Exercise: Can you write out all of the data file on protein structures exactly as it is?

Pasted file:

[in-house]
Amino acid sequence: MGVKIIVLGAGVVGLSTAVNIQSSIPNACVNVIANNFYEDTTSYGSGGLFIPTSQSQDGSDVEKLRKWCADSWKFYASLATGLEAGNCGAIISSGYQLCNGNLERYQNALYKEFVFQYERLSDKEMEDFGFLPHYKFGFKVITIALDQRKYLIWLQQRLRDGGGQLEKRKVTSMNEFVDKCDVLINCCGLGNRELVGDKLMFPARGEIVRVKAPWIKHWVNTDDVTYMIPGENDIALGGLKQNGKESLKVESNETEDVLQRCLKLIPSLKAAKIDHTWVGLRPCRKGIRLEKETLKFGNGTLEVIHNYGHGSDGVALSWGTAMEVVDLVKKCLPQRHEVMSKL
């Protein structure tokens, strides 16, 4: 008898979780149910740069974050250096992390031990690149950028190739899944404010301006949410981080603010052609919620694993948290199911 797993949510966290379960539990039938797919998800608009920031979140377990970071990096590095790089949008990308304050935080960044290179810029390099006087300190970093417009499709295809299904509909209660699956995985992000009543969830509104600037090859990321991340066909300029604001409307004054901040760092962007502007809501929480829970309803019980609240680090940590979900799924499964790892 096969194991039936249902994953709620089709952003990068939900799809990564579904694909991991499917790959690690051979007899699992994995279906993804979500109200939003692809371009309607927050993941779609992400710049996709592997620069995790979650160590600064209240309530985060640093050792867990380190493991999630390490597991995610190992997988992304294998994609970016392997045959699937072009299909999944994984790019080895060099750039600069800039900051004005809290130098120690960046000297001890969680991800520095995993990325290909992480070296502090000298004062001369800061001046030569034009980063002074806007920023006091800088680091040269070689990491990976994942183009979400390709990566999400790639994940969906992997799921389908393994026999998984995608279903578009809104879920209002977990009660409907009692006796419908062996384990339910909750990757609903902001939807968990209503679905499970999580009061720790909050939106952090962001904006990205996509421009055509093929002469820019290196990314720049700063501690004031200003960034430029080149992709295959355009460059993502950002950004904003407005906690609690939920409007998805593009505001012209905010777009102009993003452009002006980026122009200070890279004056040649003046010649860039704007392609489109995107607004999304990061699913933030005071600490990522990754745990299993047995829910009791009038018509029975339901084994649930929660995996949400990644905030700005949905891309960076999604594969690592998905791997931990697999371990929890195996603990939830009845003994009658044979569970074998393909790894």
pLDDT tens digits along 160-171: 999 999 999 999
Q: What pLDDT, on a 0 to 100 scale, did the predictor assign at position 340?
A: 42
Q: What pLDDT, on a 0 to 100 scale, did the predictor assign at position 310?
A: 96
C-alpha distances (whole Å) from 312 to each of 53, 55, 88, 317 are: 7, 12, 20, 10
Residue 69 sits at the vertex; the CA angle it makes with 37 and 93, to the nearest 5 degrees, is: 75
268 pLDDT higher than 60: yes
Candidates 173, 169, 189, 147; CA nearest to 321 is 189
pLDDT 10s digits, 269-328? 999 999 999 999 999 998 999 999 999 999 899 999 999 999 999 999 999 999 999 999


[in-house]
Amino acid sequence: MGVKIIVLGAGVVGLSTAVNIQSSIPNACVNVIANNFYEDTTSYGSGGLFIPTSQSQDGSDVEKLRKWCADSWKFYASLATGLEAGNCGAIISSGYQLCNGNLERYQNALYKEFVFQYERLSDKEMEDFGFLPHYKFGFKVITIALDQRKYLIWLQQRLRDGGGQLEKRKVTSMNEFVDKCDVLINCCGLGNRELVGDKLMFPARGEIVRVKAPWIKHWVNTDDVTYMIPGENDIALGGLKQNGKESLKVESNETEDVLQRCLKLIPSLKAAKIDHTWVGLRPCRKGIRLEKETLKFGNGTLEVIHNYGHGSDGVALSWGTAMEVVDLVKKCLPQRHEVMSKL
């Protein structure tokens, strides 16, 4: 008898979780149910740069974050250096992390031990690149950028190739899944404010301006949410981080603010052609919620694993948290199911 797993949510966290379960539990039938797919998800608009920031979140377990970071990096590095790089949008990308304050935080960044290179810029390099006087300190970093417009499709295809299904509909209660699956995985992000009543969830509104600037090859990321991340066909300029604001409307004054901040760092962007502007809501929480829970309803019980609240680090940590979900799924499964790892 096969194991039936249902994953709620089709952003990068939900799809990564579904694909991991499917790959690690051979007899699992994995279906993804979500109200939003692809371009309607927050993941779609992400710049996709592997620069995790979650160590600064209240309530985060640093050792867990380190493991999630390490597991995610190992997988992304294998994609970016392997045959699937072009299909999944994984790019080895060099750039600069800039900051004005809290130098120690960046000297001890969680991800520095995993990325290909992480070296502090000298004062001369800061001046030569034009980063002074806007920023006091800088680091040269070689990491990976994942183009979400390709990566999400790639994940969906992997799921389908393994026999998984995608279903578009809104879920209002977990009660409907009692006796419908062996384990339910909750990757609903902001939807968990209503679905499970999580009061720790909050939106952090962001904006990205996509421009055509093929002469820019290196990314720049700063501690004031200003960034430029080149992709295959355009460059993502950002950004904003407005906690609690939920409007998805593009505001012209905010777009102009993003452009002006980026122009200070890279004056040649003046010649860039704007392609489109995107607004999304990061699913933030005071600490990522990754745990299993047995829910009791009038018509029975339901084994649930929660995996949400990644905030700005949905891309960076999604594969690592998905791997931990697999371990929890195996603990939830009845003994009658044979569970074998393909790894």
pLDDT tens digits along 160-171: 999 999 999 999
Q: What pLDDT, on a 0 to 100 scale, did the predictor assign at position 340?
A: 42
Q: What pLDDT, on a 0 to 100 scale, did the predictor assign at position 310?
A: 96
C-alpha distances (whole Å) from 312 to each of 53, 55, 88, 317 are: 7, 12, 20, 10
Residue 69 sits at the vertex; the CA angle it makes with 37 and 93, to the nearest 5 degrees, is: 75
268 pLDDT higher than 60: yes
Candidates 173, 169, 189, 147; CA nearest to 321 is 189
pLDDT 10s digits, 269-328? 999 999 999 999 999 998 999 999 999 999 899 999 999 999 999 999 999 999 999 999